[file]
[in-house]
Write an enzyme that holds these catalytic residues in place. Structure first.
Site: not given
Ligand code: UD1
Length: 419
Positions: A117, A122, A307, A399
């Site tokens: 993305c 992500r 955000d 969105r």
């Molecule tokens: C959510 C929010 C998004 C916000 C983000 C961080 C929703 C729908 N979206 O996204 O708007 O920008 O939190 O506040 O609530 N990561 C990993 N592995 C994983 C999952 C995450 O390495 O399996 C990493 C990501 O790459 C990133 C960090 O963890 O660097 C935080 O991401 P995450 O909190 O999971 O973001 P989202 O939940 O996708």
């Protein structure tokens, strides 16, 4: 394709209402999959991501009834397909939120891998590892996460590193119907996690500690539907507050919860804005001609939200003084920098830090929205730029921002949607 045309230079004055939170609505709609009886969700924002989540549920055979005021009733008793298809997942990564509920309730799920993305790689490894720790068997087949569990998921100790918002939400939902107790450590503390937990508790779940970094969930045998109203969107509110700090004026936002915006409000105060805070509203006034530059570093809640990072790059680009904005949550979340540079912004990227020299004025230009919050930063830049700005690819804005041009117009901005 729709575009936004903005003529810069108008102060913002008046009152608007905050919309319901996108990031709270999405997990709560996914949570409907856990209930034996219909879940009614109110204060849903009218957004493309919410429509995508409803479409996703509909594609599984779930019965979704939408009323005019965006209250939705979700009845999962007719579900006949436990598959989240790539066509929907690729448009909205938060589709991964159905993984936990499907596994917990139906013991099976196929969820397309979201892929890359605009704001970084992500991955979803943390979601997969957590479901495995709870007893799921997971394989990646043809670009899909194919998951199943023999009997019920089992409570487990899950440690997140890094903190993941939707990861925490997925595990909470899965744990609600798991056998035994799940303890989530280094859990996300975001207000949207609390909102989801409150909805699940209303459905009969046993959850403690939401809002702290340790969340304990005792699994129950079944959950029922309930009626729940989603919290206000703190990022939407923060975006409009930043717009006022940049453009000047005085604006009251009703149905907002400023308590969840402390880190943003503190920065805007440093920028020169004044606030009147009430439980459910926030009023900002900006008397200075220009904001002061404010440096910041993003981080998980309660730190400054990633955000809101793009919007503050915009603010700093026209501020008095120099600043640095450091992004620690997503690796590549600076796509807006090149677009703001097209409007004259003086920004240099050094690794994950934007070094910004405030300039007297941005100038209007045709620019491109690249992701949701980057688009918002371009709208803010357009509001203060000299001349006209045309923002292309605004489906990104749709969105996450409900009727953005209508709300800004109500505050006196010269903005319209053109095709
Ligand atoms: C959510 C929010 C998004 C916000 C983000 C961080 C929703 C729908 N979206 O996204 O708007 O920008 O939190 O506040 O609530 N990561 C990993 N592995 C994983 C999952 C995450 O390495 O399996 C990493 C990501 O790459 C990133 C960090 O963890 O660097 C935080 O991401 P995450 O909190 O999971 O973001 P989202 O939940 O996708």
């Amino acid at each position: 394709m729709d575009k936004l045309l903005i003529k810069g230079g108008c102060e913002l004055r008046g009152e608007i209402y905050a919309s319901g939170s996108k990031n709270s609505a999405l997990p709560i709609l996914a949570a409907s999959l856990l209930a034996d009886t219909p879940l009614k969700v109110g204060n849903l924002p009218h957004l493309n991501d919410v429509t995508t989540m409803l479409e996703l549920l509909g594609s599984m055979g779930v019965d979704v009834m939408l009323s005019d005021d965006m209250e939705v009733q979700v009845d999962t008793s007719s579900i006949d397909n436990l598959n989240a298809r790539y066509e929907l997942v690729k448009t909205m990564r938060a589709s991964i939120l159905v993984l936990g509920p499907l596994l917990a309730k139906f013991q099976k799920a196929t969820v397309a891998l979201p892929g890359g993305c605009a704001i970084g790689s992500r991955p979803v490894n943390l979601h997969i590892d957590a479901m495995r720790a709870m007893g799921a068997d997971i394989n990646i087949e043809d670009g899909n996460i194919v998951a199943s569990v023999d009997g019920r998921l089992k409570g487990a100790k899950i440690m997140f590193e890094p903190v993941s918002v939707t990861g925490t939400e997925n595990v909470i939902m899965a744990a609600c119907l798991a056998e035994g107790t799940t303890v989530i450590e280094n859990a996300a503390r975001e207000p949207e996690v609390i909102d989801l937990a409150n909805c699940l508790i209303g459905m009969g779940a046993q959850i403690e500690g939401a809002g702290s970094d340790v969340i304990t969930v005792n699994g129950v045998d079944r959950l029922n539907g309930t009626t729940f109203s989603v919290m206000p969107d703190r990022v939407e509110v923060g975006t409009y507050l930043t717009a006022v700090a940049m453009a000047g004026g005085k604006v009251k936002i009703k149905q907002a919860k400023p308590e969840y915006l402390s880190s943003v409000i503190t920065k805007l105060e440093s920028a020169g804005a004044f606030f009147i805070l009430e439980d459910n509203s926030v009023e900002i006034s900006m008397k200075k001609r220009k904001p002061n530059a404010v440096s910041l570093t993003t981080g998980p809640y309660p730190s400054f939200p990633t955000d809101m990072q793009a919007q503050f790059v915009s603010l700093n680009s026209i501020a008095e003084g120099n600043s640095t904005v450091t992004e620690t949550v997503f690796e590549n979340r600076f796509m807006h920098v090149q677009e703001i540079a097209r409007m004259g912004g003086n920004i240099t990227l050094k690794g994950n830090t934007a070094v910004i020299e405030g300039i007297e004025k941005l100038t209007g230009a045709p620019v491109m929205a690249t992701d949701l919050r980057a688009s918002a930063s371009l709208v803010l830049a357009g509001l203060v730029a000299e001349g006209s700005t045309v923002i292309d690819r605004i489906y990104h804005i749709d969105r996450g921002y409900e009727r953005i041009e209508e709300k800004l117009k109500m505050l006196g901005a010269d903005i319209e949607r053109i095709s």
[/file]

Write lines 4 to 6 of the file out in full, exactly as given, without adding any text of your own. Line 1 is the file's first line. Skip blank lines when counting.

Ligand code: UD1
Length: 419
Positions: A117, A122, A307, A399